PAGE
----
What can leaders do to inspire and nurture excellence in those they lead? That's the question addressed by Tony Schwartz on his HBR.org blog.
Schwartz offers six key steps leaders can take to fuel excellence among their people, as follows:
1) Ban words like 'talented', 'gifted' and special'. Instead, Schwartz suggests using words that recognise effort, like 'effective', 'determined', 'accomplished', 'skilled', 'persevering', and 'masterful'.
2) Appreciate people's successes. This should be done regularly, genuinely and specifically. Noticing what people are doing well and expressing your appreciation can be the most effective motivation. Believe in their potential and don't concentrate too much on their failures.
3) Provide constant feedback. Schwartz says that annual reviews are insufficient and often worthless. He believes leaders should resist pointing out people's deficits and instead focus on helping them improve to the next level.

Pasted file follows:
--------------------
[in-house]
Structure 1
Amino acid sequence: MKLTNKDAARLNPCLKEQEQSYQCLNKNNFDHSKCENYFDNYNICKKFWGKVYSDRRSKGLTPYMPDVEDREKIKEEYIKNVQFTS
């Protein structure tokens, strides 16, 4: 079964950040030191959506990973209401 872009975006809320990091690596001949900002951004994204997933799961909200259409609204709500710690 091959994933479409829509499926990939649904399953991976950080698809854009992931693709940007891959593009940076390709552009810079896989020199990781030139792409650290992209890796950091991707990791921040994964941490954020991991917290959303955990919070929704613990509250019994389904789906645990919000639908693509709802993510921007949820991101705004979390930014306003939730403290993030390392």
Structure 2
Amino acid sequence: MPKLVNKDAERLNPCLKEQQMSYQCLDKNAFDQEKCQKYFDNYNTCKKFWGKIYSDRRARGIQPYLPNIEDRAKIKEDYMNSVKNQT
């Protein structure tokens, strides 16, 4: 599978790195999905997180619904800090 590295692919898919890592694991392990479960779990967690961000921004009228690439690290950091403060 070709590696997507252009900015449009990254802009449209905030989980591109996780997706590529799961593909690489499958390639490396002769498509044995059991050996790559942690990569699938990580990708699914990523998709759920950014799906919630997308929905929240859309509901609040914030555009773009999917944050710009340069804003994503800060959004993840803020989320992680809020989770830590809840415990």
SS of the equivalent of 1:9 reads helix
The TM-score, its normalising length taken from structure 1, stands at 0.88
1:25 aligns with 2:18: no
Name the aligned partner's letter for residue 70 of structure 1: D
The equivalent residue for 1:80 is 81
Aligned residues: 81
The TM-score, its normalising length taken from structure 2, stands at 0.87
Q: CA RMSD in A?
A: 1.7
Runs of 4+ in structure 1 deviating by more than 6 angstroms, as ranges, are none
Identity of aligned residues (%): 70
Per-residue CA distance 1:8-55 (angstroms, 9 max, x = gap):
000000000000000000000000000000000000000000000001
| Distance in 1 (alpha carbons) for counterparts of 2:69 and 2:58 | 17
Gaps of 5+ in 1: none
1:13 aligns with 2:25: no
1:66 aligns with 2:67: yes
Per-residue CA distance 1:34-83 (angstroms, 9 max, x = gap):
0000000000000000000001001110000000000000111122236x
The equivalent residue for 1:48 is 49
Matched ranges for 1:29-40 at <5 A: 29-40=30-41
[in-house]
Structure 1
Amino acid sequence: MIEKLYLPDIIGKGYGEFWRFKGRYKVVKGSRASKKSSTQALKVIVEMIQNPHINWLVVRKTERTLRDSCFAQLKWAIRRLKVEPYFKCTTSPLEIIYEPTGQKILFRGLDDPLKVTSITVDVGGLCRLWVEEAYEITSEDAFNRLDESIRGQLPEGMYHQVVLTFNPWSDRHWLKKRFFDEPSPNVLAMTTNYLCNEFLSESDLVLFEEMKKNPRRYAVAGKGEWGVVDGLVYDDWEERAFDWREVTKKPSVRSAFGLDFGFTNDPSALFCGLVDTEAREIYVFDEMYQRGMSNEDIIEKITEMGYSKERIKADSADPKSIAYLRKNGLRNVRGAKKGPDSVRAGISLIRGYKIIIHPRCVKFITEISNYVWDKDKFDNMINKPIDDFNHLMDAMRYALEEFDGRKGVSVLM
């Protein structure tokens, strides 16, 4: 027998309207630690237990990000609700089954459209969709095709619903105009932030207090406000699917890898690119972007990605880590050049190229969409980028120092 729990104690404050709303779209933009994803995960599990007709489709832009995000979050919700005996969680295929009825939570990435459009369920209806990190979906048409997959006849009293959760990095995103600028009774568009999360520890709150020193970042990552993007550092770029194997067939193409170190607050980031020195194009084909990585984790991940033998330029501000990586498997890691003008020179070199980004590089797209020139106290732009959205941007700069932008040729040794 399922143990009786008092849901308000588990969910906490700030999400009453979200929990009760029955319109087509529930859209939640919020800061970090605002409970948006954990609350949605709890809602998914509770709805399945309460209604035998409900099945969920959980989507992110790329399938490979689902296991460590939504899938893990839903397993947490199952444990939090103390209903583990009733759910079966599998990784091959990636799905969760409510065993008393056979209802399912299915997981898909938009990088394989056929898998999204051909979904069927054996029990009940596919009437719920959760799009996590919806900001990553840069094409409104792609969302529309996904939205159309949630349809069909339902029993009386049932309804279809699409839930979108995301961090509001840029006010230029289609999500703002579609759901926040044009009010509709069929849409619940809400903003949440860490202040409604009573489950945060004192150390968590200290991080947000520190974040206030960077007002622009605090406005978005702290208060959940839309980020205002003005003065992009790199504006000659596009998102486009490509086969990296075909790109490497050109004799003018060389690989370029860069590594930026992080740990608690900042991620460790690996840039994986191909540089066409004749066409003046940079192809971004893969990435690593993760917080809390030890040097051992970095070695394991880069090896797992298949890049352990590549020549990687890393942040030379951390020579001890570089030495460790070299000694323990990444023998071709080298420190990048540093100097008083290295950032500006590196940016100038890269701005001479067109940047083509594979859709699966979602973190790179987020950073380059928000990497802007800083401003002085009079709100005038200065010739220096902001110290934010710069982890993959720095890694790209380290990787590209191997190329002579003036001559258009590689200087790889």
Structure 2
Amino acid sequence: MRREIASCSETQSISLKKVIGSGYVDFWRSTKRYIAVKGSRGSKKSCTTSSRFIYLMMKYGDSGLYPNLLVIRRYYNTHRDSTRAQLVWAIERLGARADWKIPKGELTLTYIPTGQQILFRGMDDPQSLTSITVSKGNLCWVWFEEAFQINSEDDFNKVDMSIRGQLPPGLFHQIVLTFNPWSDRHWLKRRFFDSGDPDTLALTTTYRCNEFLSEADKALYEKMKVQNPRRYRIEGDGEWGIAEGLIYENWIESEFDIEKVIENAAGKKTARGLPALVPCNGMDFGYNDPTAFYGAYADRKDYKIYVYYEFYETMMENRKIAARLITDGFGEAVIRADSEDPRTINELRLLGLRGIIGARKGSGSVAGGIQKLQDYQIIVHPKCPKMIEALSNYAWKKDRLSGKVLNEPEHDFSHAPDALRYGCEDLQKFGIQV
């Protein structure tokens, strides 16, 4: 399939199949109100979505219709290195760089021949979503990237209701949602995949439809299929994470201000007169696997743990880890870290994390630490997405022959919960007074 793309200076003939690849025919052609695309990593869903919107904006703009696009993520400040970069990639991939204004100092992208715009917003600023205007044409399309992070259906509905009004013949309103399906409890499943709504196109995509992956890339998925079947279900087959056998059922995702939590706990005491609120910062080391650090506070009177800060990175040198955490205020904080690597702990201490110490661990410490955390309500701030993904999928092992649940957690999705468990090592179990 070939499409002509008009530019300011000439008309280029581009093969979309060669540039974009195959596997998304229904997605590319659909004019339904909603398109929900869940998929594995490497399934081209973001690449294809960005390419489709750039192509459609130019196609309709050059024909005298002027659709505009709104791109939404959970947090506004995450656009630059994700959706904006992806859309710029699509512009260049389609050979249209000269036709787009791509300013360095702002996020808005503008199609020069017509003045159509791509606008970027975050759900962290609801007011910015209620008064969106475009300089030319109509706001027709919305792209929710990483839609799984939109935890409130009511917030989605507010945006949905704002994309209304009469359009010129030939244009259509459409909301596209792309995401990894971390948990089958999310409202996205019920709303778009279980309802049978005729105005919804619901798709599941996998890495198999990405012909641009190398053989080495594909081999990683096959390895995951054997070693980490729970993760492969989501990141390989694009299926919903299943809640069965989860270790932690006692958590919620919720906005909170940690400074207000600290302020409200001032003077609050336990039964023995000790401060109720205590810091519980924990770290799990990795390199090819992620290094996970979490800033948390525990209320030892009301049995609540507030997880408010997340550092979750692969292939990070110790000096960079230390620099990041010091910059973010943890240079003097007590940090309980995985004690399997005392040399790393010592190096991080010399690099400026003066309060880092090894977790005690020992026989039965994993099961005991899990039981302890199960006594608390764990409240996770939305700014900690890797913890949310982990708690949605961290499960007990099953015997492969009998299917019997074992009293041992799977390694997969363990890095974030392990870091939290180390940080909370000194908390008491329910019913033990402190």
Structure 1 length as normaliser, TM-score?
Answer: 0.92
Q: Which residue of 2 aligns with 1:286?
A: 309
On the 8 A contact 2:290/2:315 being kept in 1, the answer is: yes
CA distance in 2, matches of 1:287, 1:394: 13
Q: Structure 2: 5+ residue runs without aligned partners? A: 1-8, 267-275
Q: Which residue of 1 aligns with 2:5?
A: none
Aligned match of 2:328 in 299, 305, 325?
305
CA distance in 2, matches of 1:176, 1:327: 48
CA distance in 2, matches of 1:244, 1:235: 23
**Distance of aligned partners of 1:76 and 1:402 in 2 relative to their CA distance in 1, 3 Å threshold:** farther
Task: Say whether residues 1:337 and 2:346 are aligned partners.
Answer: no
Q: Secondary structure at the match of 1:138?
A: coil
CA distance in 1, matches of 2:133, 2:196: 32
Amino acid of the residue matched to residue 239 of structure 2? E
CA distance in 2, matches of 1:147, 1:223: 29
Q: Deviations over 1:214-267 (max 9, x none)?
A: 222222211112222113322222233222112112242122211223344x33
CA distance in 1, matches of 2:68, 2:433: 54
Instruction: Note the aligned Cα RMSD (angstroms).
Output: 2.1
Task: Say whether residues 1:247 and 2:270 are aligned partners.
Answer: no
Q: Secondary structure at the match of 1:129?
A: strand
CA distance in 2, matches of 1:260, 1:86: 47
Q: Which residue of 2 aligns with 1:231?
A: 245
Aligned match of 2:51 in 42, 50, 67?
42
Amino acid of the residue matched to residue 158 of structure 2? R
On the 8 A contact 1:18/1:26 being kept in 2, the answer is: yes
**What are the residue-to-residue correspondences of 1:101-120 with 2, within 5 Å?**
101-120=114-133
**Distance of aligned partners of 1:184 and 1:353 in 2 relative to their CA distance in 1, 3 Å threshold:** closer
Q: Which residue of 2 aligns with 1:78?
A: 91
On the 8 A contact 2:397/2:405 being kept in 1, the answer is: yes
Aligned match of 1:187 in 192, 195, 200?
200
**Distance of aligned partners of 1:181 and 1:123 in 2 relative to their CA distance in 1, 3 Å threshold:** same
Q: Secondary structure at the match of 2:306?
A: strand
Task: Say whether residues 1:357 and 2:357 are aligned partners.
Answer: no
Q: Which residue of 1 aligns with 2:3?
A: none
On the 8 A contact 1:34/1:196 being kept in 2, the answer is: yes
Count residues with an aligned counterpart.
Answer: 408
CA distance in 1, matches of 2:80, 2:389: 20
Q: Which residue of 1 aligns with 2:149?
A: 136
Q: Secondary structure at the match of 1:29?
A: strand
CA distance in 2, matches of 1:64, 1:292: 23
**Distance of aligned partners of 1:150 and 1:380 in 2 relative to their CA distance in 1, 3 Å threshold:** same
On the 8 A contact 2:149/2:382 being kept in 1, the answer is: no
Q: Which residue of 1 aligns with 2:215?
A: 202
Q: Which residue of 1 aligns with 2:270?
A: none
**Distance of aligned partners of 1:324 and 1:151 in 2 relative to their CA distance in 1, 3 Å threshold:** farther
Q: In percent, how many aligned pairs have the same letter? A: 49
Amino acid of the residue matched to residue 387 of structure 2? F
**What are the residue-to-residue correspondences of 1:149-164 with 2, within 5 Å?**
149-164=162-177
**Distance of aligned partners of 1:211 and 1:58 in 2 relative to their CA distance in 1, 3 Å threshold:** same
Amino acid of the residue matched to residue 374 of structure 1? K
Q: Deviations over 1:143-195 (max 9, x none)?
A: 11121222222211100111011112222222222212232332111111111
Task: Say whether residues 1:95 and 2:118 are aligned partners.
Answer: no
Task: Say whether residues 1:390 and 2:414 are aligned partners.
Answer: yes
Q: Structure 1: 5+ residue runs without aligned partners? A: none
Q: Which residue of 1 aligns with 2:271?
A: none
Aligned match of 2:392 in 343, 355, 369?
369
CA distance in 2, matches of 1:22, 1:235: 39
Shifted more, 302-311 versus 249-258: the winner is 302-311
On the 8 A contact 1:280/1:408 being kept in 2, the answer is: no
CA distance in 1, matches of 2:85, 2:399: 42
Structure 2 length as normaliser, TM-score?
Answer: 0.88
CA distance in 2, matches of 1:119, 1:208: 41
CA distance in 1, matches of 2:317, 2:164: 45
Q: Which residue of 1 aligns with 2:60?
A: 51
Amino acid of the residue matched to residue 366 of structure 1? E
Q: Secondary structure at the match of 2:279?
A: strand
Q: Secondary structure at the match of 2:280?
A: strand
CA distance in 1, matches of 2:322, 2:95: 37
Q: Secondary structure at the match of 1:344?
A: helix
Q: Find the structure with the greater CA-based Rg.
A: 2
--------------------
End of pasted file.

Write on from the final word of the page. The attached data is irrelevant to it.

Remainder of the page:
4) Create and protect periods of uninterrupted focus. Interruptions fracture attention.
5) Encourage and model intermittent renewal throughout the day. Research shows great performers work intensely for no longer than 90 minutes and then stop to refuel, so create a "renewal room" for relaxation.
6) Tie the pursuit of excellence to a larger mission. The author insists: "You need to give your people a compelling reason to push beyond their comfort zones. What most of us hunger for is evidence that what we're doing truly matters and serves something beyond the bottom line."
The author suggests you start by defining what you truly stand for, sharing with others what gets you up in the morning as regularly as you can, and encouraging people to go through the same exercise for themselves.